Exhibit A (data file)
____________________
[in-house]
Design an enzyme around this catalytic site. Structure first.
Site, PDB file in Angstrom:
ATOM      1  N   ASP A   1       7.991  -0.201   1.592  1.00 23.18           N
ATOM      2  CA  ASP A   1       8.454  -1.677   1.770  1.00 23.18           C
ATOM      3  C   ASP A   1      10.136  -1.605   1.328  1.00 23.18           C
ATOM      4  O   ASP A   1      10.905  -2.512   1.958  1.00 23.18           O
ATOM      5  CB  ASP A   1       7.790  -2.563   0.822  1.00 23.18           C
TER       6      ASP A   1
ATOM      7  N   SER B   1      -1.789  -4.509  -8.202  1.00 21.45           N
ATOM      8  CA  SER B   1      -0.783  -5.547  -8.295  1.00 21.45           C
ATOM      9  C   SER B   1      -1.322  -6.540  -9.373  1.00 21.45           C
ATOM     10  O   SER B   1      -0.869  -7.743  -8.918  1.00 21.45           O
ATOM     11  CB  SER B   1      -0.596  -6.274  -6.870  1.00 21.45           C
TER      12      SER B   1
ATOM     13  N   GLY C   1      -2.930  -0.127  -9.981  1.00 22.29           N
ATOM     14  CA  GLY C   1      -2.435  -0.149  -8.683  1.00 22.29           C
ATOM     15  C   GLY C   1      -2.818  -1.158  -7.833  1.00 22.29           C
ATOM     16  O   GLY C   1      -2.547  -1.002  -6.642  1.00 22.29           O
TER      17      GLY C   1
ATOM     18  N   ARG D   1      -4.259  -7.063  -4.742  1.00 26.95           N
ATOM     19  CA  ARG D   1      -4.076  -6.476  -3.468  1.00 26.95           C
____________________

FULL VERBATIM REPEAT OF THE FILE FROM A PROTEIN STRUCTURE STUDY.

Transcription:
[in-house]
Design an enzyme around this catalytic site. Structure first.
Site, PDB file in Angstrom:
ATOM      1  N   ASP A   1       7.991  -0.201   1.592  1.00 23.18           N
ATOM      2  CA  ASP A   1       8.454  -1.677   1.770  1.00 23.18           C
ATOM      3  C   ASP A   1      10.136  -1.605   1.328  1.00 23.18           C
ATOM      4  O   ASP A   1      10.905  -2.512   1.958  1.00 23.18           O
ATOM      5  CB  ASP A   1       7.790  -2.563   0.822  1.00 23.18           C
TER       6      ASP A   1
ATOM      7  N   SER B   1      -1.789  -4.509  -8.202  1.00 21.45           N
ATOM      8  CA  SER B   1      -0.783  -5.547  -8.295  1.00 21.45           C
ATOM      9  C   SER B   1      -1.322  -6.540  -9.373  1.00 21.45           C
ATOM     10  O   SER B   1      -0.869  -7.743  -8.918  1.00 21.45           O
ATOM     11  CB  SER B   1      -0.596  -6.274  -6.870  1.00 21.45           C
TER      12      SER B   1
ATOM     13  N   GLY C   1      -2.930  -0.127  -9.981  1.00 22.29           N
ATOM     14  CA  GLY C   1      -2.435  -0.149  -8.683  1.00 22.29           C
ATOM     15  C   GLY C   1      -2.818  -1.158  -7.833  1.00 22.29           C
ATOM     16  O   GLY C   1      -2.547  -1.002  -6.642  1.00 22.29           O
TER      17      GLY C   1
ATOM     18  N   ARG D   1      -4.259  -7.063  -4.742  1.00 26.95           N
ATOM     19  CA  ARG D   1      -4.076  -6.476  -3.468  1.00 26.95           C